Private (Alternative) Loans
Private educational loans are available from private lenders for students whose cost of attendance has not been met with other financial aid. The FAFSA (Free Application for Federal Student Aid) is normally not required to apply for a private loan. Private loan programs differ from federal loans, such as Stafford, Parent PLUS or Grad PLUS loans, in several important ways:
- Annual and total loan limits are higher.
- Interest rates and fees vary by lender.
- Rates are normally variable and change on a quarterly basis.
- Loan approval and the rate of interest are based on credit approval and approval is not guaranteed.
- Most students will be required to secure a co-signer.
- Loans are not federally guaranteed; therefore, they do not have the same deferment, cancellation and consolidation benefits.
The terms and conditions for private loans vary greatly. Students are advised to compare loan programs before choosing a lender. Interest rates, fees, and other provisions of these programs are subject to change by the lender. Contact the lenders directly for detailed information on individual loan products.
If you have already taken advantage of federal grants and loans and still find the need for funds, keep in mind the following tips and guidelines when considering a private education loan.
- Always borrow conservatively -- borrow only what you need.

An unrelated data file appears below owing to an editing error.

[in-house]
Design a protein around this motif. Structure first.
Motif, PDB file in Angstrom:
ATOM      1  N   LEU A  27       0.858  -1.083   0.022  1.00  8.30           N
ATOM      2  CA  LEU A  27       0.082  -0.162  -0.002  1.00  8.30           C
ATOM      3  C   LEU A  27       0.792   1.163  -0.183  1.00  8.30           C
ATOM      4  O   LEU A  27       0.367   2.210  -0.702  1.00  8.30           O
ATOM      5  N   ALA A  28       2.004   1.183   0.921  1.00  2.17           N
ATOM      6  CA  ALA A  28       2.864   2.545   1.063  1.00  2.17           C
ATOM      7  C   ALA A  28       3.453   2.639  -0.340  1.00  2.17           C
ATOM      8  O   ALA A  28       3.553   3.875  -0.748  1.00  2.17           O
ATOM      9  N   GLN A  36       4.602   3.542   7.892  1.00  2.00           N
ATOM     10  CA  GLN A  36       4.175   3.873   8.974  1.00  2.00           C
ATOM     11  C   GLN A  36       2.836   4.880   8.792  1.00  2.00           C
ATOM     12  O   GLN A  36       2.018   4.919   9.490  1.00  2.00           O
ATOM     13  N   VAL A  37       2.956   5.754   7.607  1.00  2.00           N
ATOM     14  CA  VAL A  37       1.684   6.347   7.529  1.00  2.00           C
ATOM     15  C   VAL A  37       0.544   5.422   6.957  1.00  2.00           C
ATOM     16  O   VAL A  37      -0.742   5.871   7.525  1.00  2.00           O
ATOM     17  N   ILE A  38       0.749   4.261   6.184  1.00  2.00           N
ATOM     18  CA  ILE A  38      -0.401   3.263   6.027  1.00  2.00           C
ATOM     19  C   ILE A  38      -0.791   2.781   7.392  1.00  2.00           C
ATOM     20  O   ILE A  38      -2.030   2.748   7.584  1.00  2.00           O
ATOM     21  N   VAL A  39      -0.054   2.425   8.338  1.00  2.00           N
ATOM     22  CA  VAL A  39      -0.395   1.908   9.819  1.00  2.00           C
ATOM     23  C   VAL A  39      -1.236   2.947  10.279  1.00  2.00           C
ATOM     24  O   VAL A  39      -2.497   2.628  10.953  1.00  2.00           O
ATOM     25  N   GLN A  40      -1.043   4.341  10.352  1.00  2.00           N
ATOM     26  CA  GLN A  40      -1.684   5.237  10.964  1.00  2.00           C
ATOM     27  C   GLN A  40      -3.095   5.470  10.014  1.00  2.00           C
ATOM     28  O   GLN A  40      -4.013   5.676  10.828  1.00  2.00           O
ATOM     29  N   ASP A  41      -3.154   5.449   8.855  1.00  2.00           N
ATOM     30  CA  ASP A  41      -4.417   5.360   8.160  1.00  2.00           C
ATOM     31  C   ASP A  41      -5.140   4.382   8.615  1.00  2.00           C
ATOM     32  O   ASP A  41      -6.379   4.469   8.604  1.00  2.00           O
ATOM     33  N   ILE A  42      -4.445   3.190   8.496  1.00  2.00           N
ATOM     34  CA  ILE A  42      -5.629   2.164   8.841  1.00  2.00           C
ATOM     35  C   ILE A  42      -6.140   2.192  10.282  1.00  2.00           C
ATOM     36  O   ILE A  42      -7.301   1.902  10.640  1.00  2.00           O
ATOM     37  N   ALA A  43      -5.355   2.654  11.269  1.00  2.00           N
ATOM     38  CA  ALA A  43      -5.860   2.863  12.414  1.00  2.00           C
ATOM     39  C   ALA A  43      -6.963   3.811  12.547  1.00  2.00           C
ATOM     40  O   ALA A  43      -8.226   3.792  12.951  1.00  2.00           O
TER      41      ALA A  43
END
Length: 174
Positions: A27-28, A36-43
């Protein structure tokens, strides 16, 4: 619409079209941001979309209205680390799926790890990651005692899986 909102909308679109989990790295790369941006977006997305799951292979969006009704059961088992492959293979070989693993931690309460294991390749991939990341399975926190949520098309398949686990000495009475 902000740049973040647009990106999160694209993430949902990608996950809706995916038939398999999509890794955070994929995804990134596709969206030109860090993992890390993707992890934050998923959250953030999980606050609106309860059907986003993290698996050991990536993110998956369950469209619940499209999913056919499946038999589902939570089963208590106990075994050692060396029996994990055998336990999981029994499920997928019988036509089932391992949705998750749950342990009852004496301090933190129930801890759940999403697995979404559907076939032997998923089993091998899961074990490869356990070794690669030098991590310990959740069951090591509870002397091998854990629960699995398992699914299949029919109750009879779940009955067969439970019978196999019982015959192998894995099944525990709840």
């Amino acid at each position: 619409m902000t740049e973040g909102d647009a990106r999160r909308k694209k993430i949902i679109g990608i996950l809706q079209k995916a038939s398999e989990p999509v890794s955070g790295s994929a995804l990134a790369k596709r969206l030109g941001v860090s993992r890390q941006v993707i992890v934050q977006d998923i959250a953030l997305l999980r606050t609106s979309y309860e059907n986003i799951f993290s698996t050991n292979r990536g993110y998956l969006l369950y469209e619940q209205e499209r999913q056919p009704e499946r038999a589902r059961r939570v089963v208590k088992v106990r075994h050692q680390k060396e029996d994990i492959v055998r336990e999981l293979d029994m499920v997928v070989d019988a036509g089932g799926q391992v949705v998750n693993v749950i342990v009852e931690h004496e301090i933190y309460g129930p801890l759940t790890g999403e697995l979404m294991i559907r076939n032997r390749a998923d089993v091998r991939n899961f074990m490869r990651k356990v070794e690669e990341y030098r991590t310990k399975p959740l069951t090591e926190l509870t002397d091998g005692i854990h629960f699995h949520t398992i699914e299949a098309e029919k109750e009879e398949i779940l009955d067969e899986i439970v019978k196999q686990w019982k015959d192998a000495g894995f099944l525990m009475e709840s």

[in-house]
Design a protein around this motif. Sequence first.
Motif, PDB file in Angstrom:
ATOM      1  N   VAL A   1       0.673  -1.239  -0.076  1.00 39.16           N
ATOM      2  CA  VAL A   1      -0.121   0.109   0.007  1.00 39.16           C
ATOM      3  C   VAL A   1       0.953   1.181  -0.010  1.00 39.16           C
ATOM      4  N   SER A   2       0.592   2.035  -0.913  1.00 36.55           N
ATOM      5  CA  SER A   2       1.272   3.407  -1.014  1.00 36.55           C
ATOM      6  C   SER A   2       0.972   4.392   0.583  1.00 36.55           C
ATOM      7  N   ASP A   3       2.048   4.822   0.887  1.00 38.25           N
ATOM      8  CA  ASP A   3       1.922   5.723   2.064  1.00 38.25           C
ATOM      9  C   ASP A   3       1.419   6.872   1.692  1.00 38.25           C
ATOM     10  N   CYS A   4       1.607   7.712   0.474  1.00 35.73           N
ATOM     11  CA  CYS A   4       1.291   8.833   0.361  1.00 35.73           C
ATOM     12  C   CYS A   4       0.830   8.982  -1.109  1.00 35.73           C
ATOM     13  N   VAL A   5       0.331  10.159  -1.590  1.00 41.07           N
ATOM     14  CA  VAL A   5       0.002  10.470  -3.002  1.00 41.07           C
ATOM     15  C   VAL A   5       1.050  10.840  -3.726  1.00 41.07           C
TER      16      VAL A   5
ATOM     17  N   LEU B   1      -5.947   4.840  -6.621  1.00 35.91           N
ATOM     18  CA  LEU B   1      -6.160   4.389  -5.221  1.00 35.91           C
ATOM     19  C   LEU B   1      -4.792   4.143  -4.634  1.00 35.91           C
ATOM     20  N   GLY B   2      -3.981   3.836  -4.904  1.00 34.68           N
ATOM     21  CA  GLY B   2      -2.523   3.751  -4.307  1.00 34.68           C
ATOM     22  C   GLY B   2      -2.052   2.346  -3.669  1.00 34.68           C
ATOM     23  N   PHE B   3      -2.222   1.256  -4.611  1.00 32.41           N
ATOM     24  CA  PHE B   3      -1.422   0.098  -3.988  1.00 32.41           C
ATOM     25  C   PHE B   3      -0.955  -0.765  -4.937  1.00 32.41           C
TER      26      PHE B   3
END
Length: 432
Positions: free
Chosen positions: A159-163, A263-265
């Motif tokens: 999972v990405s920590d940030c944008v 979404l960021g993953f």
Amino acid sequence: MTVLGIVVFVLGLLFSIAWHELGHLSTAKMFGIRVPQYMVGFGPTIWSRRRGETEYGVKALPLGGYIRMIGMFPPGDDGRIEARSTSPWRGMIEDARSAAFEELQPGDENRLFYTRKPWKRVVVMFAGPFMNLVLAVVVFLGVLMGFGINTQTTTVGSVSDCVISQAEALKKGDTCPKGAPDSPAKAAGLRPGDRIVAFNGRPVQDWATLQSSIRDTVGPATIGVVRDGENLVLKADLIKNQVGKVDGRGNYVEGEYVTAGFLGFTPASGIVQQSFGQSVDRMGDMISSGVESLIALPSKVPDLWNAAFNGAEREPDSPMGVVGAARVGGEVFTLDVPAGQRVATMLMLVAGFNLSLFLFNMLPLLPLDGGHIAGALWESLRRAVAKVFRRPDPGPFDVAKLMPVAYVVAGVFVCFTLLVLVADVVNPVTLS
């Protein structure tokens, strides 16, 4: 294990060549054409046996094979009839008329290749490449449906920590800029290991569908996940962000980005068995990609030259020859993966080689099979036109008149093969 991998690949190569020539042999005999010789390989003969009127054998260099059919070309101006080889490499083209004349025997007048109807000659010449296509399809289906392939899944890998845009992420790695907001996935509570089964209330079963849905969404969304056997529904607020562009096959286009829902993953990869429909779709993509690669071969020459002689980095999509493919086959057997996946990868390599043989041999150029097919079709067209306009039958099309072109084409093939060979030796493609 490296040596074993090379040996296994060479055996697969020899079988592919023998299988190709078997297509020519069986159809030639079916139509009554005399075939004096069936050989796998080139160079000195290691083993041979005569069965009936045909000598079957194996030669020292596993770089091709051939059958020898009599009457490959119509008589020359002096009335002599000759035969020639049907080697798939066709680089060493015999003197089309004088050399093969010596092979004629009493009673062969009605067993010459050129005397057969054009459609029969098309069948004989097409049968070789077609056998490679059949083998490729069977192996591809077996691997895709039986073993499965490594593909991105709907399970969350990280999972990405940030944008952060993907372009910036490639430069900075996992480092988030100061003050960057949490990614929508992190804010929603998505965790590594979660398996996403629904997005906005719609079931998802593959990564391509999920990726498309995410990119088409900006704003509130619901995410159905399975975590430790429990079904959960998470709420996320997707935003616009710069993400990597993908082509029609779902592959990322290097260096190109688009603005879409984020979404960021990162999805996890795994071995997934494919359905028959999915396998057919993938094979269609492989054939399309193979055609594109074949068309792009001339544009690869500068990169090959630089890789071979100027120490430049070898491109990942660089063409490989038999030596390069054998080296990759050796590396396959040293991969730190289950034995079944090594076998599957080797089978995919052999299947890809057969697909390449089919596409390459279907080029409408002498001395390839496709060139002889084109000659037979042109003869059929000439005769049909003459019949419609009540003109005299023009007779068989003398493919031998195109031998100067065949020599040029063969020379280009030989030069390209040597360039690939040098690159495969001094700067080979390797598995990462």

- Check first with your local bank or credit union to see if they offer alternative eduational loans.
- Use the internet to research lenders.
- If you have had a private loan in the past, we recommend you stay with the same lender.
- MSU cannot certify loans that are submitted too early. Please use this guide to determine the earliest acceptable application date; if you apply prior to the dates listed below, your loan may be cancelled:
- June 1st for a Fall/Spring loan
- November 1st for a Spring loan
- March 1st for a Summer loan
Questions to ask when considering a private loan
The choice of a lender is your personal decision and we cannot recommend any one in particular. We strongly urge you to do your research and ask the following questions when selecting a lender:
- Have I explored and exhausted all other means of educational funding?
- What is the interest rate?
- Is the interest rate variable?
- How often does the interest rate change?
- When does interest begin accruing?
- Is interest deferred while in school?
- How often does the interest get capitalized?
- What are the annual program maximums?
- Is there an application fee?
- Are there processing fees?
- Are there any enrollment requirements? (Undergraduate, full or part-time, in a degree-seeking program, etc.)
- Can I borrow to pay a past semester’s debt?
- How long does it take to process the loan?
- Is a co-signer required?
- Is credit-worthiness a requirement?
- When does repayment begin?
- What are the minimum monthly payments?
- How long is the repayment period?
- What will my estimated monthly payment amount be?
- What repayment options are available to me?
- If I am having difficulty making payments, what options do I have?
- If payment must be made while enrolled, can I handle these payments?
- Are there pre-payment penalties?
- Are there deferment or forbearance options available?
- Can this loan be consolidated with other educational loans?
- What is the source of the funds?
- Is the lender reliable?
- Where is the lender located?
- Whom can I contact with questions or problems?
- How long has the lender been in business?
- Does the lender service its loans or are they sold to another lender or servicer once the loan has been disbursed to me?
- If applying at a credit union, do I have to be a member?